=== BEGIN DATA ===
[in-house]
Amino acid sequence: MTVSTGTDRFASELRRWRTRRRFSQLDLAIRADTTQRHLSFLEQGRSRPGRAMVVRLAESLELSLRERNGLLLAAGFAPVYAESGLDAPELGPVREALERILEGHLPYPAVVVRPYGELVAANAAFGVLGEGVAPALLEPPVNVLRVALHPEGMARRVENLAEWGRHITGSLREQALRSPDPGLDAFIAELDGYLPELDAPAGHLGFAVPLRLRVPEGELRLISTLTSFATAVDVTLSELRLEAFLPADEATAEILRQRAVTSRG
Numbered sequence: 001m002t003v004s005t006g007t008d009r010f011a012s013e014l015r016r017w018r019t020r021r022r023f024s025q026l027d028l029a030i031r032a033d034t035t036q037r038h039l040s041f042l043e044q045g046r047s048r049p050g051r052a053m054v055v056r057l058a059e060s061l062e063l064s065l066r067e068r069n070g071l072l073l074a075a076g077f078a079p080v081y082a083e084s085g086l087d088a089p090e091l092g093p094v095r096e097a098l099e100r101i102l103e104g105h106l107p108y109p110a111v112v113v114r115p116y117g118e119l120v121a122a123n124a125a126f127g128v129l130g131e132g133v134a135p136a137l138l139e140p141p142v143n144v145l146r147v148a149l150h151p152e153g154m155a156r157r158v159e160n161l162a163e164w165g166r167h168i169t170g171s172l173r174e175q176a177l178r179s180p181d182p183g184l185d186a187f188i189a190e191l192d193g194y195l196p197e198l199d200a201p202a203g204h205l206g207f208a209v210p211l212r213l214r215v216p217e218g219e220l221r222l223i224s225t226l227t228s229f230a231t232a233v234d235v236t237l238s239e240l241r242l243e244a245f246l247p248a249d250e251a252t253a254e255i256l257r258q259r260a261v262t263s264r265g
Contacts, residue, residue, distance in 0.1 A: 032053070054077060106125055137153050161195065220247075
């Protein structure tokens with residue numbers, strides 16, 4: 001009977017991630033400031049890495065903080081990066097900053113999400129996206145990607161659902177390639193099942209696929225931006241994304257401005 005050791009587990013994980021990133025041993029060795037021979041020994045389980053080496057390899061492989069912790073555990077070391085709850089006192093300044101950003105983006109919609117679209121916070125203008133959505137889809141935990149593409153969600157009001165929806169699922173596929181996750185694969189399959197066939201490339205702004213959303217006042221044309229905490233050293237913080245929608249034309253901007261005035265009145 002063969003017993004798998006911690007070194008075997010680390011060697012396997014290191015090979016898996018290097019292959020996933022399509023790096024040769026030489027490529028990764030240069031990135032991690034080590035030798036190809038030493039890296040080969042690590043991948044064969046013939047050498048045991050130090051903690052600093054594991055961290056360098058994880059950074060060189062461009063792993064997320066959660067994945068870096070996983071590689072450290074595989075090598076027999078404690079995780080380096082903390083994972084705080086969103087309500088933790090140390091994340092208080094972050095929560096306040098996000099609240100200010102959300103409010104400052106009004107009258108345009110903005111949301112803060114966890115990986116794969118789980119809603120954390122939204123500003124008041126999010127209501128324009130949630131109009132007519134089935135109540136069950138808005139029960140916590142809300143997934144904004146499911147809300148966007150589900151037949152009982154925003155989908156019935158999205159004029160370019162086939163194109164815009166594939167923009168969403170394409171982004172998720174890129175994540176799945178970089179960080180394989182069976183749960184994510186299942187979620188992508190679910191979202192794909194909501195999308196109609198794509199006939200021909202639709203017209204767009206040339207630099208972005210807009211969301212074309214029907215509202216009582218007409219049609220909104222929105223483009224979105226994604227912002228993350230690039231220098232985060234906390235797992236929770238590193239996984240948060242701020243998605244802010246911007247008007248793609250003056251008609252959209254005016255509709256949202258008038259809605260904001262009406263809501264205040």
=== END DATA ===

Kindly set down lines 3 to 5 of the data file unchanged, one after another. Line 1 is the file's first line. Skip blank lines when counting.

Numbered sequence: 001m002t003v004s005t006g007t008d009r010f011a012s013e014l015r016r017w018r019t020r021r022r023f024s025q026l027d028l029a030i031r032a033d034t035t036q037r038h039l040s041f042l043e044q045g046r047s048r049p050g051r052a053m054v055v056r057l058a059e060s061l062e063l064s065l066r067e068r069n070g071l072l073l074a075a076g077f078a079p080v081y082a083e084s085g086l087d088a089p090e091l092g093p094v095r096e097a098l099e100r101i102l103e104g105h106l107p108y109p110a111v112v113v114r115p116y117g118e119l120v121a122a123n124a125a126f127g128v129l130g131e132g133v134a135p136a137l138l139e140p141p142v143n144v145l146r147v148a149l150h151p152e153g154m155a156r157r158v159e160n161l162a163e164w165g166r167h168i169t170g171s172l173r174e175q176a177l178r179s180p181d182p183g184l185d186a187f188i189a190e191l192d193g194y195l196p197e198l199d200a201p202a203g204h205l206g207f208a209v210p211l212r213l214r215v216p217e218g219e220l221r222l223i224s225t226l227t228s229f230a231t232a233v234d235v236t237l238s239e240l241r242l243e244a245f246l247p248a249d250e251a252t253a254e255i256l257r258q259r260a261v262t263s264r265g
Contacts, residue, residue, distance in 0.1 A: 032053070054077060106125055137153050161195065220247075
């Protein structure tokens with residue numbers, strides 16, 4: 001009977017991630033400031049890495065903080081990066097900053113999400129996206145990607161659902177390639193099942209696929225931006241994304257401005 005050791009587990013994980021990133025041993029060795037021979041020994045389980053080496057390899061492989069912790073555990077070391085709850089006192093300044101950003105983006109919609117679209121916070125203008133959505137889809141935990149593409153969600157009001165929806169699922173596929181996750185694969189399959197066939201490339205702004213959303217006042221044309229905490233050293237913080245929608249034309253901007261005035265009145 002063969003017993004798998006911690007070194008075997010680390011060697012396997014290191015090979016898996018290097019292959020996933022399509023790096024040769026030489027490529028990764030240069031990135032991690034080590035030798036190809038030493039890296040080969042690590043991948044064969046013939047050498048045991050130090051903690052600093054594991055961290056360098058994880059950074060060189062461009063792993064997320066959660067994945068870096070996983071590689072450290074595989075090598076027999078404690079995780080380096082903390083994972084705080086969103087309500088933790090140390091994340092208080094972050095929560096306040098996000099609240100200010102959300103409010104400052106009004107009258108345009110903005111949301112803060114966890115990986116794969118789980119809603120954390122939204123500003124008041126999010127209501128324009130949630131109009132007519134089935135109540136069950138808005139029960140916590142809300143997934144904004146499911147809300148966007150589900151037949152009982154925003155989908156019935158999205159004029160370019162086939163194109164815009166594939167923009168969403170394409171982004172998720174890129175994540176799945178970089179960080180394989182069976183749960184994510186299942187979620188992508190679910191979202192794909194909501195999308196109609198794509199006939200021909202639709203017209204767009206040339207630099208972005210807009211969301212074309214029907215509202216009582218007409219049609220909104222929105223483009224979105226994604227912002228993350230690039231220098232985060234906390235797992236929770238590193239996984240948060242701020243998605244802010246911007247008007248793609250003056251008609252959209254005016255509709256949202258008038259809605260904001262009406263809501264205040």